Vanessa and Her Sister
by Priya Parmar
Ballantine Books. 350 pages, $26.
The descendants of the original members of the Bloomsbury Group—a name taken from the neighborhood in which they lived, not coined until the 1960s—are very much among us. Earlier this year, Van Gogh: A Power Seething, by Julian Bell, a painter and writer who’s the grandson of Vanessa Bell (and great-nephew of Virginia Woolf), received front-page coverage in The New York Times Book Review. Vanessa and her younger sister Virginia are the eponymous title characters of a wonderfully appealing and compulsively readable novel by Priya Parmar. It’s told with style and authority by a writer with just one previous book to her credit, a historical novel about actress Nell Gwynn.
Parmar’s narrative relies for the most part on an imagined diary kept by Vanessa Bell from 1905 to 1912. Before her marriage to Clive Bell, Vanessa had been, in real life, a student of John Singer Sargent at the Royal Academy School and an admirer of Whistler’s works. In an almost throwaway comment on the pitfalls of fictionalizing such a well-documented group of people, Parmar writes in an introductory note: “For me the difficulty came in finding enough room for invention in the negative spaces they left behind.” To say that she channeled Vanessa Bell would be facile, but her depth of scholarship and obvious deep regard for the members of the Bloomsbury Group are apparent.
In 1905, Virginia and Vanessa’s beloved brother Thoby Stephen, along with friends he had met at Trinity College, Cambridge, moved back to London. Among them were Lytton Strachey, Clive Bell, and Leonard Woolf. They held weekly salons to discuss art, literature, and politics. At first, the sisters were the only women invited. They would frequently meet outside their salon, in various permutations, sometimes traveling together, sometimes forming passionate, platonic—or even romantic— friendships, regardless of gender or assumed sexual orientation. Strachey is quoted (in the fictional diary) as saying: “We all love in triangles.” The diary frequently veers off into extensive dialog that few diarists would ever be able to replicate exactly. There’s much tragedy, too, in Thoby’s 1906 death (from typhoid, contracted in Greece). “Did you wake up in time to see your last morning?” Vanessa’s diary entry wondered on the day he died.
Parmar creates tremendous tension around the many emotional illnesses that Virginia Woolf endured: “A few years ago, Virginia talked for three days without stopping for food or sleep or a bath. … [Her] words unraveled into elemental sounds: quick, gruff, guttural vowels that snapped and broke over anyone who tried to reach her. Her features foxed with anger growing sly and sharp. … [She] spent a month in the nursing home recovering.” Vanessa’s husband, Clive Bell, and Virginia may or may not have had an affair. (Strachey was quite sure there was nothing going on. “It is your attention she’s after, not his,” he told Vanessa.) Soon, Vanessa found herself involved with the British artist and critic Roger Fry, whose wife was permanently institutionalized for mental illness. Fry, who “galvanized Bloomsbury,” in the words of Richard Shone, author of Art of Bloomsbury (the catalog for a 1999-2000 Tate exhibit), was an acclaimed art critic, writer, and artist.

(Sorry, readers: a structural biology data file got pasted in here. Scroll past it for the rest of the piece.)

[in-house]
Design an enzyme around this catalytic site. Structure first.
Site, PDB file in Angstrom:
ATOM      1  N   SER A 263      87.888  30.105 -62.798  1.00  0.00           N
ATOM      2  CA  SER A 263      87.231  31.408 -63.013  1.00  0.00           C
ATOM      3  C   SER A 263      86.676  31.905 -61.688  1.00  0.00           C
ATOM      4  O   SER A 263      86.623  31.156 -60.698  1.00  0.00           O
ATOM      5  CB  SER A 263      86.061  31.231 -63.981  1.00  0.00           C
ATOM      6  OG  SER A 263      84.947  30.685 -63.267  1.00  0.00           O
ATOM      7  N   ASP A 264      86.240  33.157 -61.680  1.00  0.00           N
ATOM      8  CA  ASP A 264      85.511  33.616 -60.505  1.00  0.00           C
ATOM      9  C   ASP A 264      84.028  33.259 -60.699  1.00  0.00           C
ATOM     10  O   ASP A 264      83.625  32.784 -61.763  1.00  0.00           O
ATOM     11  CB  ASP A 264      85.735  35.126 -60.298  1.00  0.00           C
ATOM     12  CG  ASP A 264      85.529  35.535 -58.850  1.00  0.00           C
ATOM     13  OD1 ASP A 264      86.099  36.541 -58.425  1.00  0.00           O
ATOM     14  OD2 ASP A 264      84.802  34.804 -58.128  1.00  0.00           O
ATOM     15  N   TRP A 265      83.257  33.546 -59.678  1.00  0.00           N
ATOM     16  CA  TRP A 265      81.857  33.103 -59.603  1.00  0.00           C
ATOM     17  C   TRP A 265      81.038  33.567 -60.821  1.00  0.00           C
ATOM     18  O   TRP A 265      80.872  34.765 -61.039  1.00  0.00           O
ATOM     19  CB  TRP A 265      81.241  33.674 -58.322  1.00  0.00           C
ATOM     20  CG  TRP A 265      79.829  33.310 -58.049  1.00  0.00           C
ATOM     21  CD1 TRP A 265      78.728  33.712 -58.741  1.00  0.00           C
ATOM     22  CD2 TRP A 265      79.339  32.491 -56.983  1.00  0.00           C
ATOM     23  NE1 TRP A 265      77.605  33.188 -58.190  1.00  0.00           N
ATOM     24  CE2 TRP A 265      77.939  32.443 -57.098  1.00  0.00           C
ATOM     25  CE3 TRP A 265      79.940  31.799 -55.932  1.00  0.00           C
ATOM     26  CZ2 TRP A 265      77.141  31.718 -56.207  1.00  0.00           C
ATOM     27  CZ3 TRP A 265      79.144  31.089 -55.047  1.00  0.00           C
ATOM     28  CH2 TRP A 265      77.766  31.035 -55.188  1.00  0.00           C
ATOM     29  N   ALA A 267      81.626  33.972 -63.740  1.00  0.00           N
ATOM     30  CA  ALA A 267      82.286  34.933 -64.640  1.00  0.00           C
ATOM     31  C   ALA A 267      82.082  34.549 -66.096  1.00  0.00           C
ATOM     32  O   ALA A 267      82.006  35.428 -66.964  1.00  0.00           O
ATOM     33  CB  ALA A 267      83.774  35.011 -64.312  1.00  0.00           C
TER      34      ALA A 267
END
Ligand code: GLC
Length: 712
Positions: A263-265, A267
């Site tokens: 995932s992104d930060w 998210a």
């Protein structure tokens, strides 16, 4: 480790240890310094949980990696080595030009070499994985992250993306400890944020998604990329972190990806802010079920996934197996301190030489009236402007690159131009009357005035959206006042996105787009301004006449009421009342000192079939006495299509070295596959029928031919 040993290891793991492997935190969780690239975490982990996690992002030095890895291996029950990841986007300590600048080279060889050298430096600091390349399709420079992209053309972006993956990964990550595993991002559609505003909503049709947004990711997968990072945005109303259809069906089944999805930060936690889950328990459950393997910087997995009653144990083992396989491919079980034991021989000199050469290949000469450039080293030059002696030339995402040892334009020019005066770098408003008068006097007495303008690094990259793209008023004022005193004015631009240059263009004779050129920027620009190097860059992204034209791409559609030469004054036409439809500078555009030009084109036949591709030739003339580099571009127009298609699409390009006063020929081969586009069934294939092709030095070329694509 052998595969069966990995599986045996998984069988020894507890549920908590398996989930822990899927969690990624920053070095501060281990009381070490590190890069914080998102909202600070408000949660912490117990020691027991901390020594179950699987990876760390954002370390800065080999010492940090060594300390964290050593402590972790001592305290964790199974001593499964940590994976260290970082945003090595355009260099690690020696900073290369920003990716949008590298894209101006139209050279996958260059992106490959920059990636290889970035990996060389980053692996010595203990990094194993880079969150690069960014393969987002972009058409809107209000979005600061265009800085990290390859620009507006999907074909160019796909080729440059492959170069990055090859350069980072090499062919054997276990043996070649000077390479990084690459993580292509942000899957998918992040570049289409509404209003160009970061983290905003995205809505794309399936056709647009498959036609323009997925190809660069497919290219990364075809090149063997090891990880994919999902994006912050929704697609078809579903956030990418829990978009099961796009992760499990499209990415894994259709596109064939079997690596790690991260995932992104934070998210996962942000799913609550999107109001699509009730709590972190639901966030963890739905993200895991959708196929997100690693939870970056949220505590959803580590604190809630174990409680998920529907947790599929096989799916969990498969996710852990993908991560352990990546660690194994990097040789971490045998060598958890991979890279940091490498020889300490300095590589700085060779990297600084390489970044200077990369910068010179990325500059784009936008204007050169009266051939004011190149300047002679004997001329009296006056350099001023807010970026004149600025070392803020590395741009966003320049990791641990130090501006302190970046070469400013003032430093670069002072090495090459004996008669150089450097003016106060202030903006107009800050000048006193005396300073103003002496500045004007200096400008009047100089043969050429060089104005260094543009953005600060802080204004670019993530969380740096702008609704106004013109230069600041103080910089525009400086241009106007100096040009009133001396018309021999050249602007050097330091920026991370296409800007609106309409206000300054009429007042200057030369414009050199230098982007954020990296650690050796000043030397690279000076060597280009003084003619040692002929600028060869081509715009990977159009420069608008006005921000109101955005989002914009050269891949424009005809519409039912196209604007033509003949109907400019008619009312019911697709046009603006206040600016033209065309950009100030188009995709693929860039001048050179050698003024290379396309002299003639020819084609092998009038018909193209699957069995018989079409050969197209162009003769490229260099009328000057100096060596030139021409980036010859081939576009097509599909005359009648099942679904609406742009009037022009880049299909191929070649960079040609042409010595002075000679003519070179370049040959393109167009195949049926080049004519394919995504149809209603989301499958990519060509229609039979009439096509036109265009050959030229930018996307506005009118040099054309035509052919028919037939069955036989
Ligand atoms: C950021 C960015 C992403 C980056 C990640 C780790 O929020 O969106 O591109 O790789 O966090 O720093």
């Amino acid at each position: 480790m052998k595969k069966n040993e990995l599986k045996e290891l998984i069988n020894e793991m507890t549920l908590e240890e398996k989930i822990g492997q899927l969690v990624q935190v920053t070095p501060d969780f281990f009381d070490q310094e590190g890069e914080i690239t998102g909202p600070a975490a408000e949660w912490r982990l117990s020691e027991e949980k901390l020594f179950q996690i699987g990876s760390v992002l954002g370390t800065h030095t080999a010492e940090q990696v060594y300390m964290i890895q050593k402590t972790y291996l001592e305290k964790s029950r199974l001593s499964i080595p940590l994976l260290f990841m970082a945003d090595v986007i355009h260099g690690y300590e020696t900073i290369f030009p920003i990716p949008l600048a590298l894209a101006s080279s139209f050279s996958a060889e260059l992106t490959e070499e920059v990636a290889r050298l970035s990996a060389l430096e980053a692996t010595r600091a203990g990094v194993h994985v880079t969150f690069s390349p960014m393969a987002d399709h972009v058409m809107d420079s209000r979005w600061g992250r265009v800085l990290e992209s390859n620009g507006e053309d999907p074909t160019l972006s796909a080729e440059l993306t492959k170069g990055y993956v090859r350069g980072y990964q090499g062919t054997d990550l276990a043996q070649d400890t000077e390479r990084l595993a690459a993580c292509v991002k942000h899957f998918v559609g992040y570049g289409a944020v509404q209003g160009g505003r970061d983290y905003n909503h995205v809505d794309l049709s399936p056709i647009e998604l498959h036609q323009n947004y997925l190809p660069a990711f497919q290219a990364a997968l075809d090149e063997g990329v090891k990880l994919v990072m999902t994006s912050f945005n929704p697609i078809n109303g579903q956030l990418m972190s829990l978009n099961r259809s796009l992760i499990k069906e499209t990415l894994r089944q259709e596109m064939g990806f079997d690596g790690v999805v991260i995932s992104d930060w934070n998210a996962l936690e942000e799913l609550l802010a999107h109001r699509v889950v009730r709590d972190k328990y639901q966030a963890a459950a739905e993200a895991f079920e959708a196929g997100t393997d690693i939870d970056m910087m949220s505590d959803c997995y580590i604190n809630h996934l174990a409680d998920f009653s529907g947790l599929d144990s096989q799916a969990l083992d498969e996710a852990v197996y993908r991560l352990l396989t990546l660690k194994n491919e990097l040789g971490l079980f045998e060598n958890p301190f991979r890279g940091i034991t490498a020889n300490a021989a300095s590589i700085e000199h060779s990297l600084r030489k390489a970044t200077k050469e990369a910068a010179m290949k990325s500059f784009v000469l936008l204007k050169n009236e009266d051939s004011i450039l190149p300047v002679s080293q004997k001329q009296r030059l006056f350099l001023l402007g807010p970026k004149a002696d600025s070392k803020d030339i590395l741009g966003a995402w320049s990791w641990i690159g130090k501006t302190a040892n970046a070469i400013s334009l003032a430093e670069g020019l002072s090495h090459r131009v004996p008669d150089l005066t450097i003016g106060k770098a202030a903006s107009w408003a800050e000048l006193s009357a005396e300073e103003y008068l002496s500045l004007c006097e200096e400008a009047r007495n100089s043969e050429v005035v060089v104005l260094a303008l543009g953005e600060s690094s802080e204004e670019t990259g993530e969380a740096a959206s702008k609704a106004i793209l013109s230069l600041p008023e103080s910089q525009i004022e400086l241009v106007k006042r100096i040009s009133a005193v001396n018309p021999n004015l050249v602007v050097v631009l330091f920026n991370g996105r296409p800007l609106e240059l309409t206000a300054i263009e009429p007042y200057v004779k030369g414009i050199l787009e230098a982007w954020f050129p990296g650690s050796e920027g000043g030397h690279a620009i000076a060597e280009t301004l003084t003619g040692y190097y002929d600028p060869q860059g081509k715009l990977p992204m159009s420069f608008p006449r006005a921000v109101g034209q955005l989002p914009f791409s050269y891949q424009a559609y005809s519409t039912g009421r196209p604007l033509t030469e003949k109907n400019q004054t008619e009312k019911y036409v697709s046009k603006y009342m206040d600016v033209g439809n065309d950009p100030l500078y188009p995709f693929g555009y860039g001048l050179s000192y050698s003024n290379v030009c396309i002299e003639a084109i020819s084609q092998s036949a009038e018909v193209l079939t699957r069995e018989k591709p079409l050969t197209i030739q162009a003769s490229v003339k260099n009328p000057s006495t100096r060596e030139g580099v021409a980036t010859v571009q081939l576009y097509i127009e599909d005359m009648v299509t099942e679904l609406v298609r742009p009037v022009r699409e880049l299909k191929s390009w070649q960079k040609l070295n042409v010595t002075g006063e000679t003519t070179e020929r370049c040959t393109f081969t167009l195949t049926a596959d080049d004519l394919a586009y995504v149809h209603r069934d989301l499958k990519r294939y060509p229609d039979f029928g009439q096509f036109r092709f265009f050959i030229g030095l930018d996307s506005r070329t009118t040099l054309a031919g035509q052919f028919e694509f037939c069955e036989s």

At one of the Bell’s innumerable house parties, E. M. (“Morgan” to his friends) Forster, just a couple of novels into his writing career, makes an appearance. “Morgan goes about his writing with such an unfussy, self-effacing grace that he is one of the few people for whom Lytton feels no real jealousy, only admiration.” Virginia Woolf, a regular contributor to The Times Literary Supplement, “is bitingly jealous of Morgan and usually avoids discussing his novels.” It bears mentioning that the artists and critics of Bloomsbury started to make their mark before Woolf’s first novel, The Voyage Out, was published in 1915. Between 1911 and ’12, Vanessa had made four portraits of Virginia, who felt overshadowed by the artists’ success and was annoyed that art talk took precedence over literary talk.
Interspersed among the diary entries are imagined postcards that Lytton Strachey sent to his friend Leonard Woolf, who in real life, and in Parmar’s creation, was employed by the Ceylon Civil Service. Many of the postcards urge Woolf to come back to England and to marry Virginia Stephen.
An occasional 21st-century anachronism does creep in, and Vanessa has the rather annoying habit of ending some of her diary entries with a cliff-hanging paragraph beginning with the word “And.” One such entry is about “Maynard Keynes, Lytton’s young economist friend from Cambridge—with whom I understand him to be occasionally involved? But then, I may be wrong. I often am.” Parmar provides a helpful “What became of them” section that can lead readers to the original works by the authors, to their biographies and memoirs, and to the art museums that hold their works.